Personalised Weddings

Personalised Weddings

Most of the ceremonies I conduct are reasonably conventional (although all are personalised weddings, tailored to the couples or individuals concerned). Every so often I get asked for something a bit more way out.

Of course, “way out” means one thing to some people and something quite different to others. So perhaps it would be easier if I defined what I had in mind by the term “conventional”.

church wedding - 22


A “conventional” wedding will contain most, if not all, of the following:

  • an introduction or welcome;
  • readings, sometimes delivered by friends or family – these can be prose or poetry, and can be chosen specially by the couple or suggested by the celebrant;
  • music – this is unlikely to be “traditional” – although there’s nothing to stop people throwing in a hymn or the like. It may well reflect the couple’s personal preferences or a significant moment in their relationship;
  • the vows – these may be written by the couple (with or without celebrant input) or simply suggested by the celebrant. They may be memorised or (more advisable!) read from a card or repeated after the celebrant;
  • a ring blessing;
  • a celebrant address – this may be something on the importance of marriage combined with the couple’s ‘story’ ;
  • maybe, a ritual or two – for example, lighting a unity candle.

Such weddings may feature the bride in white; several, many or no religious elements; and a variety of choices of music and texts.

Venues can be just as varied, of course. Provided the legal part of the wedding has taken place (ie is registered), imagination or budget would seem to be the main limitations as to where you hold the ceremony.

More ‘way out’


However, I am occasionally asked to do a couple of less middle-of-the-road ceremonies. One was a naturist wedding (I’m afraid, I have no photographs!) and, almost a year ago, a pagan wedding with a difference.

This wasn’t an ‘ordinary’ pagan wedding – if any can be thus termed – as the pagan was marrying a (half!) Jew, so elements from both cultures had to be combined (and explained to guests).

It was a handfasting ceremony, so that also set this apart.

The venue was certainly striking, as we were on top of Old Sarum, near Salisbury. This was of particular significance, as this iron age fort is very exposed, as the photo above shows – and we were holding the ceremony in January. January 2014 was a time of serious floods, as you may recall, and the chances of a dry wedding were very poor. However, whether it was due to the combination of cultures, or mere coincidence, the sun actually shone (briefly) on the ceremony, and all went – forgive the pun! – swimmingly.

So you have choices. Weigh them up and decide wisely. Bear in mind that a personalised wedding can be so special. Do give it consideration!



The Changing Face of Matrimony

The Changing Face of Matrimony

Matrimony may have declined somewhat in popularity, but it is still high in people’s consciousness. And there’s little doubt that changes are afoot in the UK wedding industry.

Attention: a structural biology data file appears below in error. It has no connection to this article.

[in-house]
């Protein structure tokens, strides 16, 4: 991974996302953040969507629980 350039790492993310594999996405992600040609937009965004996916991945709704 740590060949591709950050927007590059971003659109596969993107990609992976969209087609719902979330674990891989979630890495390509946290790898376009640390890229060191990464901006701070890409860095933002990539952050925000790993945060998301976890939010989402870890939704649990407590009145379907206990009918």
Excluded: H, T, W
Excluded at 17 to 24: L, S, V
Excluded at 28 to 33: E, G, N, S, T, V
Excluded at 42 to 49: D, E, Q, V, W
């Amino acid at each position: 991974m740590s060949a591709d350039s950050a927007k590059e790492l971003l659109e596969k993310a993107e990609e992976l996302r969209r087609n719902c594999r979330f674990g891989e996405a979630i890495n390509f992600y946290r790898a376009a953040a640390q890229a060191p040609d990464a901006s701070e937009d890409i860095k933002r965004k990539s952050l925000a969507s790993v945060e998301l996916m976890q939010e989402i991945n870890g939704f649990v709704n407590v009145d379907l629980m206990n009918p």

Some developments

Weddings do not have to be held in a religious building or in a registry office (although of course they do have to comply with legislation). You can marry in a hotel or stately home. You can celebrate your wedding on Waterloo Bridge, at Stonehenge, on a mountain top, on the coast, underwater (apparently!) or in a hot air balloon. Indeed, the sky – pardon the pun – is the limit!

You can have a conventional ceremony – or maybe a handfasting at Old Sarum?!

You can have a part-religious ceremony or a pagan handfasting. You can include a combination of rituals. It’s really up to you.

Single-sex weddings will be here by the end of this month, which extends the range of choice still more.


Then there are changes brought about by the feminists. The bride doesn’t necessarily wear white. She might not take on the husband’s name. She may refuse to be given away.

The couple may eschew wedding vows and not bother with the honeymoon. Some will have done away with the engagement ring too.


Most of these changes, arguably, benefit the woman (especially, dropping the need to promise to “love and obey” the husband). However, they may well have other benefits. Some of these will save the couple money, possibly at a time when expenditure is high (they may be buying a home, for example). More than that, there is something to be said, I think, for couples dropping traditions that actually don’t mean much, or anything, to them. Sincerity counts.

Personalising their wedding, so that it contains just what the couple chooses and matters to them, is sure to be something that they will always gladly remember. And, because it’s sincere and unique, the guests will enthusiastically recall such a  ceremony too.

Personally, I like a traditional wedding (indeed, I had one myself), but I also love creating bespoke ceremonies for others,  enabling them to make the most important day of their lives memorable, significant and, simply, a delight.

What do you think about these changes?

Michael Gordon can help prepare and conduct a tailor-made life-cycle civil ceremony in or around London or, indeed, in Europe.